hush hush sweet charlotte ending explained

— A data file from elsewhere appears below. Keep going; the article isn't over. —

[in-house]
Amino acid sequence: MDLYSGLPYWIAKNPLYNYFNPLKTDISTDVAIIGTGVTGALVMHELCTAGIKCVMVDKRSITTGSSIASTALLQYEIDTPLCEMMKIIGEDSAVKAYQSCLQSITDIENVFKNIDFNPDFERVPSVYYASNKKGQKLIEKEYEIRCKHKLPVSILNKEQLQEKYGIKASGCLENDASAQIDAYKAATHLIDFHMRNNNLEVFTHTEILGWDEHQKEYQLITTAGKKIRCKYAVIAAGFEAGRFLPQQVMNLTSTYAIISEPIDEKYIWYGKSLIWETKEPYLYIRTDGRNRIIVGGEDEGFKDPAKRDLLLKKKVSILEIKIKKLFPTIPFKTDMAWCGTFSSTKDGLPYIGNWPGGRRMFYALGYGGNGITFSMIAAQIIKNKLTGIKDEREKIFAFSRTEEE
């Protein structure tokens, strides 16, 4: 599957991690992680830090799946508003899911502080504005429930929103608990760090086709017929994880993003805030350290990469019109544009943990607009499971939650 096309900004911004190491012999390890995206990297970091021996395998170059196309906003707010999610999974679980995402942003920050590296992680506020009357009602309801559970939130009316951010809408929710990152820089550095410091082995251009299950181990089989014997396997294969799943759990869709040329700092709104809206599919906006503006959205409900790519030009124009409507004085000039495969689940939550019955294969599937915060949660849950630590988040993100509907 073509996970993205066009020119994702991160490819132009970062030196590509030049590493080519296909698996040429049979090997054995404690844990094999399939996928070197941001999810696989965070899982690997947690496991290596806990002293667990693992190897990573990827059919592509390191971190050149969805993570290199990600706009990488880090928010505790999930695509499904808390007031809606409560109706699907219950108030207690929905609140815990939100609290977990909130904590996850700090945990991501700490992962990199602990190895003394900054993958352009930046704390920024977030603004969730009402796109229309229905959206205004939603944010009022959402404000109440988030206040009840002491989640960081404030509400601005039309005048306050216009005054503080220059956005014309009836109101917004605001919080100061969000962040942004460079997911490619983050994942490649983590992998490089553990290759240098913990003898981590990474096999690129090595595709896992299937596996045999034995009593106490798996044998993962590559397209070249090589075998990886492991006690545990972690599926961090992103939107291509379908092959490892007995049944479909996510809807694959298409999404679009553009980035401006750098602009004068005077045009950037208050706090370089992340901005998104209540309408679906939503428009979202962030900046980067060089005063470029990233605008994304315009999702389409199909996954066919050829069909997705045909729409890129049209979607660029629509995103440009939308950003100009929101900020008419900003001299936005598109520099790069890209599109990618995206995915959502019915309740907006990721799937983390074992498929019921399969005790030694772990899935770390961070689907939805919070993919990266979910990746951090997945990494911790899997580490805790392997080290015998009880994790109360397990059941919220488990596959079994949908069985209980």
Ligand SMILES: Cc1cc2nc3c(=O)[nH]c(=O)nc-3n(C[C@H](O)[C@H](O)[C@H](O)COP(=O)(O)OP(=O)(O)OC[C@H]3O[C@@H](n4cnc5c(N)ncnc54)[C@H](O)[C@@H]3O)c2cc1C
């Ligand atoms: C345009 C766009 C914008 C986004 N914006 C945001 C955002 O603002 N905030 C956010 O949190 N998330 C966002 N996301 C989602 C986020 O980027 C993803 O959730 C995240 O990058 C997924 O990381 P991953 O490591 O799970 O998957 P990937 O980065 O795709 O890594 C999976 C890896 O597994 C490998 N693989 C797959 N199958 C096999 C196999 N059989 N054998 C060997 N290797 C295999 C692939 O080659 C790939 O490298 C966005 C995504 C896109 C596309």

by Will be used in accordance with our Privacy Policy. “I heard the news of my replacement over the radio, lying in my hospital bed,” said Joan, having gotten a Davis-administered dose of her own medicine. I absolutely do. I might wind up on the cutting-room floor.’”. And that's really what that impromptu late, late-night party at Joan's house fantasy scene is about. outfits for the daytime scenes, and for the night shots all of her . Could someone please answer these questions: ... Drew and Miriam die at the end when Charlotte realizes that they set up the whole thing to make her go crazy. What did you think of the first season? with her eyes alone. Synopsis Forty years ago, on the night they were meant to elope, Charlotte Hollis (Bette Davis) found her lover decapitated during a party, the blood on her dress leading everyone to suspect she was the murderer. Hush, Sweet Charlotte is somewhat overacted and certainly over-the-top, but an effective, very modern and highly underrated psychological thriller horror flick that’s a classic in my opinion. With production on Hush…Hush, Sweet Charlotte wrapped, the series flashed forward between 1969 and 1978 to showcase Crawford's slow decline … Did you think about carrying this story out until Bette's death rather than Joan’s? To break down the finale's uplifting ending, The Hollywood Reporter caught up with showrunner Tim Minear. Of course the off-screen melodrama of Crawford and Davis’ ‘feud’ and their personal difficulties were also a point of discussion. 37 years earlier her boyfriend, John, was brutally murdered. Hush, Sweet Charlotte. Check out my new site dedicated to Bette at However, during pre-production, Davis felt Aldrich was ignoring her input and fired off a firmly worded eight-page letter threatening to quit. To truly send Charlotte to the loony-bin for all eternity, they decide to feed her some drugs, play a song called “Hush...Hush, Sweet Charlotte” and make her hallucinate the very party she found John Mayhem's body. How strong is born out by "Cousin Charlotte"; I've never seen the movie based on that story ("Hush Hush Sweet Charlotte"), but you can see why it went to film. Feud is an American docudrama television miniseries created by Ryan Murphy, Jaffe Cohen, and Michael Zam, and aired on FX from March 5 to April 23, 2017. Charlotte Hollis is a semi-recluse, and widely believed to be insane. and, frankly, I think it stinks.”, “I still get chills when I think of the treachery that Miss Davis indulged in on that movie,” Crawford told Considine, “but I refused to ever let anger or hate enter my heart.”. TV Schedule; New Tonight ... Hush Hush, Sweet Charlotte. “‘So God knows what else she’s up to behind my back. With production on Hush…Hush, Sweet Charlotte wrapped, the series flashed forward between 1969 and 1978 to showcase Crawford's slow decline … She turned a corner and completely lost him. well, let Davis explain: “For a goddamn week in Baton Rouge, she brought twenty pieces of “She needed the part.”. So there's some predicate for that kind of mania in the end stages of her disease. © 2021 Condé Nast. evening dresses were chiffon, which meant that the wardrobe lady had “She’d exercise a little bit while I set out her makeup. Our fantasy was that there would be the perfect kind of [reunion]. She was cleaning up after the other girls, she was making the beds, she was feeding the other girls. I would layout six pair for her on the table. Vanity Fair may earn a portion of sales from products that are purchased through our site as part of our Affiliate Partnerships with retailers. At times it's from Joan's point of view or it's from Bette's point of view. “You do not function well with someone of my type,” Davis wrote Aldrich, according to Shaun Considine’s Bette and Joan: The Divine Feud—an absolute must-read for fans of the FX series. It didn't really make sense to go beyond the point that we went because the show was about Bette and Joan. 8:30pm PT were cast in Hush...Hush, Sweet Charlotte, including Wesley Addy, Dave Willock and Victor Buono. “I wept for nine hours.” Having recovered enough to roll phone calls to press, Crawford told The Hollywood Reporter, “Aldrich knew where to long distance me all over the world when he needed me, but he made no effort to reach me here that he had signed Olivia. She is still haunted by John, thinking she sees or hears him at times. I think it was a poetic way of telling Joan's story but then giving the audience and us, as part of the audience, the opportunity to see the thing that we wished would have happened. Were there any other audacious scenes left on the cutting-room floor? She pushes a huge cement flower pot over on them,killing them instantly. She was paying for her room and board by doing this menial labor, cleaning toilets. It was amazing. We went through a gross and a half of eyelashes per picture.”, Davis’s makeup artist, Bob Schiffer, concurred—adding that Crawford’s diva behavior didn’t endear her to the crew. . I would say that just because it's Joan's death, Bette is the survivor in the story. “All you did was work on the eyelashes, then hold the mirror for her between setups. Though she’s far younger than the psycho biddies of that era, Ambrose’s Dorothy perfectly mirrors the unhinged aggressors of … All the TV Shows That Are Ending in 2021. It was a servitude position, and Joan made the slaves look like Boy Scouts.”, (In her defense, Davis also liked to do her own makeup: “On Charlotte I had my own makeup concept for Bette,” adds Schiffer in The Divine Feud, “which lasted about five minutes. All rights reserved. It's so simple and any other actor would have just landed that as the insult, the great act-out remark that it is. | EU Privacy Preferences. Sitemap | We thought, “Well, we have a great first image so maybe that should also be the last image.” That moment, right when all the possibility was pregnant and it could have gone any way. The material on this site may not be reproduced, distributed, transmitted, cached or otherwise used, except with the prior written permission of Condé Nast. With production on Hush…Hush, Sweet Charlotte wrapped, the series flashed forward between 1969 and 1978 to showcase Crawford's slow decline … The biggest mistakes you never noticed in Hush... Hush, Sweet Charlotte (1964). Meanwhile, Davis took any and every opportunity thrown her way. Use of this site constitutes acceptance of our User Agreement (updated as of 1/1/21) and Privacy Policy and Cookie Statement (updated as of 1/1/21) and Your California Privacy Rights. Tim Minear talks with THR about 'Bette and Joan's' ultimate goodbye and what was left on the cutting-room floor. Add more and vote on your favourites! Okay, I just finished watching the movie and I am really confused about the ending. This spiritual successor to ‘What Ever Happened to Baby Jane?’ is slow at … Hush, Sweet Charlotte Poor Charlotte Hollis. Then she’d make breakfast, which I had to eat.” Crawford applied her makeup herself, and tasked Westmore with the enormous task of finding the perfect false eyelashes. Feud has been renewed for a second season, which will revolve around Charles and Diana. “‘She’s practically directing the picture for him right in front of me,’” she complained. Absolutely. . They had always been pitted against each other, even when they were at different studios, and then certainly when they were at Warner Bros. Hush... Hush, Sweet Charlotte (1964) cast and crew credits, including actors, actresses, directors, writers and more. While Whatever Happened to Baby Jane is a very well known film, its follow up, Hush, Hush, Sweet Charlotte is rather more obscure.. And after several hospital stays, terse legal meetings, and unsuccessful talks with Crawford, Aldrich succeeded in getting the studio to agree to replace her. Then Drew is revealed to be alive, and then the film has to reveal another detail about Jewel Mayhew.That makes about ten minutes of denouement altogether. Was Bette playing with the press with her "Joan's dead, good" quote? They were paying their tuition. “Fox had closed down my last movie [Something’s Got to Give],” George Cukor later explained to Considine, “because no actress wanted to take over for [Marilyn] Monroe. I love that scene at the end of Hush Hush where Bette says "FUCK YOU!" Although certain moments in “Abandoned” feel exaggerated for dramatic effect—like Crawford being made to wait for her hotel room, and then being stuck in a room next to the garbage disposal—the episode’s writers actually skimped on the insane details of what actually happened. She had a stroke. As "Feud" comes to an end we look at what really happened to the real life Joan Crawford and Bette Davis and other Golden Age actresses like Joan Blondell, Rosalind Russell and others. She may not have let hate in her heart. With Bette Davis, Olivia de Havilland, Joseph Cotten, Agnes Moorehead. Three other cast members from What Ever Happened to Baby Jane? It's part Harlequin, part Gothic, part Horror, and all Surprise. How did crafting the final shot of them, on the first day of filming Baby Jane come about? Basically, he followed her into Beverly Hills. Privacy Policy | It will be cheaper in the long run.”. She would then inspect them. Hush, Sweet Charlotte in 1964. She had a double mastectomy. They were inextricably tied to each other after Baby Jane, for sure. Her daughter wrote a book while she was still alive and she was just defiant right up until the end. This maneuver explains how Davis found herself sitting at Aldrich’s side throughout filming, why Aldrich obliged Davis’s creative input, and how Davis secured the leverage to properly torture Crawford. . That last shot is really a bookend of the whole series. You mentioned omitting a real-life moment, You've said the real tragic character in this is Joan. Hush, Sweet Charlotte.” Advertisement Davis plays wealthy spinster Charlotte Hollis, who is suspected by some in her Southern town in the unsolved killing of her beau 40 years earlier. Also, Joan had a Dickensian childhood where she was, as a 12-year-old, living in a convent school but she was Cinderella before the ball. She was charged with his murder but her wealthy, influential father managed to have the case dismissed. She would say to me, ‘Don’t fuck with my face.’”). “Crawford wouldn’t listen to you,” said Schiffer, according to Considine. One of the things was Bob and Bette hired a private investigator to tail Joan Crawford when she was playing sick. There’s an iconic photograph of the real Bette and Joan sitting in those chairs as well where they look like they’re laughing. It wasn't about Joan and it wasn't about Bette. Amber Dowling, Jean Bentley, [This story contains spoilers from the season finale of FX's Feud: Bette and Joan.]. April 23, 2017 He let me hear it for the first time in a radio release . On Sunday, April 23, the Feud between Hollywood icons Bette Davis and Joan Crawford will come to an end, as the hit FX series airs its Season 1 finale. “I’m glad for Olivia,” Crawford told press, from inside her oxygen tent. THE HOLLYWOOD REPORTER is a registered trademark of The Hollywood Reporter, LLC. I do not wear well with tricks designed to make me do what someone else decides I will do.”, She ended by suggesting Aldrich “re-cast and pay me off. You can see where an editor might ask for more details - … Unfortunately, Crawford ended up being replaced in Hush... Hush, Sweet Charlotte and her feud with Davis was likely the direct reason for her early departure. . When you read interviews with them both, it's hard to find an interview with Joan or an interview with Bette where the other one isn't mentioned. You mentioned omitting a real-life moment where Bette jumped on a table during a press tour with Joan because it was too unbelievable. | Do Not Sell My Personal Information The picture was covered [by insurance], and I think Joan figured they would do the same thing for her.”. When the deal was inked, in one more nasty maneuver, Davis called her press agent to leak the story. Whereas Joan lost everything. The intended Crawford and Davis follow-up to Baby Jane: Hush…Hush, Sweet Charlotte (1964) also prompted some fruitful reflection. Before signing onto the film, Crawford demanded her name be billed first; to get Davis on board, Aldrich made a series of sizable concessions including a $200,000 paycheck—the same fee Aldrich was receiving—and his word that Davis would be an associate producer on the picture. That's a famous quote, but Susan Sarandon's line reading of that is some of the most brilliant screen acting I've ever seen. The FX miniseries from Ryan Murphy chronicled the making of that flick, the doomed reteaming of Crawford and Davis on Hush…Hush, Sweet Charlotte and their later lives. From the awards race to the box office, with everything in between: get the entertainment industry's must-read newsletter. Understandably, the actresses were reluctant to re-team given their history. This marked a shift in the narrative that finally allowed Davis to move on from her lifelong rival. Hush Hush...Sweet Charlotte movie trailer. But it's really funny. All rights reserved. It also showcased the final few filmed segments of the fictional documentary within the story itself, as the producers attempted to flag Davis down to add her comments to the story. . | California Privacy Rights Later in production, when Aldrich refused to expand her part and take her character suggestions, Crawford—left with no way to legally quit the picture—took herself to Cedar Sinai hospital. By now, Feud audiences are well acquainted with two of the most notorious chapters in Bette Davis and Joan Crawford’s shared Hollywood history—their rivalry during the making of What Ever Happened to Baby Jane?, and the ugly Oscars aftermath—in which Crawford found a way to hijack what Davis thought should have been her best-actress statuette. We wrote but didn't shoot it; it was one of my favorite things but it just didn't fit. Although Crawford and Davis never reunited professionally (or personally) after the fallout from Charlotte, Feud's story ended on a more positive note thanks in part to a dream sequence party scene featuring some of the other key players in their famed feud: Jack Crawford (Stanley Tucci) and Hedda Hopper (Judy Davis). They meet again before they get onto the boats and sail off at the end of Lord of the Rings, right? Hush, Hush Sweet Charlotte (1964) Nightrider (1978) The Long Hot Summer (1985) Interview with the Vampire (1993) Primary Colors (1997) Beyonce Videos (2006) The 300 year old canopy of Virginia Live oak trees (or alley) of Oak Alley plantation are a quarter mile long and were planted in the early 1700’s by an unknown settler. While Whatever Happened to Baby Jane is a very well known ... with the apparently sweet Cousin Miriam trying in vain to explain to Charlotte that there is very little she can do to prevent demolition of the family home. . All this time they could have been friends. In Baby Jane Blanche’s ally, and cleaner, Elvira (Maidie Norman), is killed by Jane while Velma (Agnes Moorehead) Charlotte’s housekeeper and friend in Hush…Hush … suffers a similar fate. In the end, Davis never agreed to sit down for the interview despite constantly bad mouthing Crawford to the press over the years (including the infamous line about it being “good” that Crawford was dead). AdChoices It was Ryan's idea to have this fantasy scene. We were trying to figure out what the great last image would be. So the weight and the gravity of everything that came before ends up resting on Bette Davis' unpadded shoulders. The biggest mistakes you never noticed in Hush... Hush, Sweet Charlotte (1964). Learn more about Michael Petit at with exclusive news, full bio and filmography as well as photos, videos, and more. There were witnesses to that. There was always a rivalry between them, and the only time they actually made a movie together was Baby Jane. To revisit this article, visit My Profile, then View saved stories. Terms of Use | And this guy, his report of following her is so hilarious because you learn nothing. “Maggie Donovan, who had been my hairdresser for years, said to me one day, ‘We’re up to our asses in Crawford’s hairpieces,’” said Davis, per Considine. Hush, Sweet Charlotte is somewhat overacted and certainly over-the-top, but an effective, very modern and highly underrated psychological thriller horror flick that’s a classic in my opinion. There were more complications to Joan shutting down production on Sweet Charlotte than we actually showed. You know, it's sort of like this – whoever ended up dying first, that's where the story would have ended. Become A Better Singer In Only 30 Days, With Easy Video Lessons! Do you still feel that way? And it also imbued that moment with all kinds of poignancy. During the illusion, Dr. Drew will enter the room and pretend to be John, only to become a … So it's like that thing where you send out your investigator when somebody is saying they have whiplash from a car accident, and then you catch them playing tennis. . It's sort of that scenario. On a personal note, the Ryan Murphy series followed the actresses as their respective health declined, ultimately ending with Crawford’s death. Now, in 1964, Charlotte is an old recluse and must fight to keep her home. Despite her own demands, Davis was quick to make cracks about Crawford’s high-maintenance upkeep and took delight in pointing out the “mounds of hairpieces” Crawford brought with her to cover her thinning hair. In a way, Joan is the more tragic character. “She would also stand next to director Aldrich while he was filming Joan’s scenes and make loud, negative comments.”, When Crawford woke up from a nap on set one day to discover that the entire production had left the location without her, “Joan was convinced that Davis was behind it, and furthermore that Davis was manipulating Aldrich behind the scenes,” wrote Quirk and Schoell. ... the ending could almost be described as a happy one. I love that scene at the end of Hush Hush where Bette says "FUCK YOU!" Travel guide to filming locations for 1964 horror classic Hush... Hush, Sweet Charlotte, with Bette Davis and Olivia de Havilland, in Louisiana. She was starchy and she survived. An aging, reclusive Southern belle plagued by a horrifying family secret descends into madness after the arrival of a lost relative. The cast also included Mary Astor, a friend of Davis' since their days at Warner Bros. and after filming Hush...Hush, Sweet Charlotte, Astor retired from acting and died in 1987. Sound off in the comments below. But even while in the hospital, the movie star couldn’t resist sniping at de Havilland during these interviews, according to Ed Sikov’s Dark Victory: The Life of Bette Davis. Hush hush sweet Charlotte? Hush, Hush, Sweet Charlotte. to spend hours ironing them in the one-hundred-degree weather.”, When Crawford arrived to set the fourth day of filming, Davis had already tactically befriended the local press and crew—the latter of whom she would eat lunch with. Feeling ostracized, Crawford retreated further from the group—spending the majority of her time either avoiding the heat (and crew) in her trailer, or enforcing her compulsive routine on her entourage members including makeup artist Monte Westmore. In a way, I don't feel like Bette is a tragic character. That was a watershed moment for both of them and it made real, it made flesh and blood, a kind of legendary rivalry that had been more theoretical than anything else. At that point that was Bette's brand. There were reports that when Joan was in her last days she was hallucinating and having conversations with people who were no longer alive. But a lesser-known Davis-Crawford battle followed—on the set of another Bob Aldrich–directed psycho-thriller, *Hush. But she imbued it with a kind of regret and almost guilt. Left, from Hulton Archive; Right, from Bettmann, Getty Images. with her eyes alone. Davis, knowing that Crawford being replaced would be a masterful, final blow to the ego, phoned her friend Olivia de Havilland. You saw a three-dimensional representation of her complicated feelings for Joan Crawford. “Trimmed perfectly in line, then curled in a circle. In what might be the most surprising aspect of Hush…Hush, Sweet Charlotte, Bette Davis is not the most laudable performance of … And we'd already seen them sitting in those chairs. It would be fun if they did a special Halloween Sweet Charlotte tour with characters from the movie. To revisit this article, select My⁠ ⁠Account, then View saved stories. Directed by Robert Aldrich. Hush, Sweet Charlotte.” And on Sunday night’s episode of Feud, “Abandoned,” Ryan Murphy revealed how Davis masterminded her own sadistic revenge on her once-again co-star. George Cukor later reflected on Davis’s stone-cold set strategy: “She wanted to make a basket case out of Joan, and she almost succeeded.”, To further chip away at Crawford’s ego, Davis also coordinated group outings, cast and crew dinners, and other after-hours activities, inviting everyone except Joan. “That was obvious throughout the filming of Baby Jane—and the suicidal desire this put me into many times, was almost more than I was able to bear. When her fellow Oscar winner balked at the part, Davis sent Aldrich to meet her in person in Switzerland and convince her to take the role. Right at the end, the insurance man gives Charlotte Jewel Mayhew's letter and in the next shot of him, his hands are empty. Ending Fatigue: Miriam and Drew are revealed to be in cahoots while there's still forty minutes to go, and around the time Charlotte is led to believe she has shot Drew, the film just goes on and on. So returning to that moment, having been through the story and seeing them at, weirdly, a much more innocent moment, it felt like the right way to end it. And, of course, she was sexually abused by her stepfather and still was taking responsibility for that. “I’d wake her up at six,” Westmore told Considine of his time with Crawford in Baton Rouge. In the scene when Bette is being roasted in this episode, half the jokes were about Joan Crawford. We wondered what they were talking about. Hush, hush sweet Charlotte Charlotte, don't you cry Hush, hush sweet Charlotte I'll love you till I die Oh, hold me, darlin' Please hold me close And brush the tears From your eyes You weep because you had a dream last night You dreamed that I said good-bye Hush, hush sweet Charlotte Charlotte, don't you cry Charlotte. . But once one of those two women ceases to exist, that story is told. On Sunday, April 23, the Feud between Hollywood icons Bette Davis and Joan Crawford will come to an end, as the hit FX series airs its Season 1 finale. This spiritual successor to ‘What Ever Happened to Baby Jane?’ is slow at … “They always had to be just right,” explained Westmore. In this the roles of tormentor and tormented as played out in Baby Jane by Davis and Crawford respectively, were meant to be reversed. You've said the real tragic character in this is Joan. “Davis [also] made sure that everyone, including members of the press and distinguished visitors to the set, knew that Joan was really 60 years old,” authors Lawrence J. Quirk and William Schoell write in Joan Crawford: The Essential Biography, before revealing another Davis tactic. Charlotte Hollis, an aging recluse driven into dementia by horrible memories and hallucinations, lives in a secluded house where her married lover, John Mayhew, was beheaded and mutilated thirty-seven years before by an unknown assailant. You know, there's a fantastic story to be told about Bette Davis and her decline, but this story ended. It would be fun if they did a special Halloween Sweet Charlotte tour with characters from the movie. luggage. For example, according to Shaun Considine’s Bette and Joan: The Divine Feud, Crawford arrived at the Baton Rouge airport with a full entourage—including her hairdresser, makeup artist, and enough baggage to . It was a glib line played without any glibness. Given that Joan and Bette never reunited as friends in real life, why was it important to the narrative to add that dream sequence? It was a black-and-white movie but she had color-coordinated She continued to work in films like “The Snake Pit,” “My Cousin Rachel,” “Light in the Piazza” and “Hush … Hush Sweet Charlotte,” among many others. . Ad Choices, Davis finds a way to get back at Crawford in Sunday’s. © 2021 The Hollywood Reporter, LLC. Do you think Bette and Joan were really on each other's minds their whole lives? Watchlist Added. Before Crawford pulled out and was replaced by Olivia de Havilland, she was set to play Miriam – Charlotte’s (Davis) tormentor. Left, from Everett Collection; Right, by Nina Prommer/ That was the question FX anthology Feud: Bette and Joan left viewers with when it wrapped its look at the infamous feud between Joan Crawford (Jessica Lange) and Bette Davis (Susan Sarandon) during Sunday’s finale. She's been shunned by the community for decades, ever since the fateful night in 1927 when her lover was hacked apart with an axe. In the end, another officer shoots the worthless captain, and one of the enlisted men asserts, “Speaking of … With production on Hush…Hush, Sweet Charlotte wrapped, the series flashed forward between 1969 and 1978 to showcase Crawford's slow decline as she hit the lowest of lows for her work on the B flick Trog. Hush, Sweet Charlotte.” And on Sunday night’s episode of Feud, “Abandoned,” Ryan Murphy revealed how Davis masterminded her own sadistic revenge on her once-again co-star.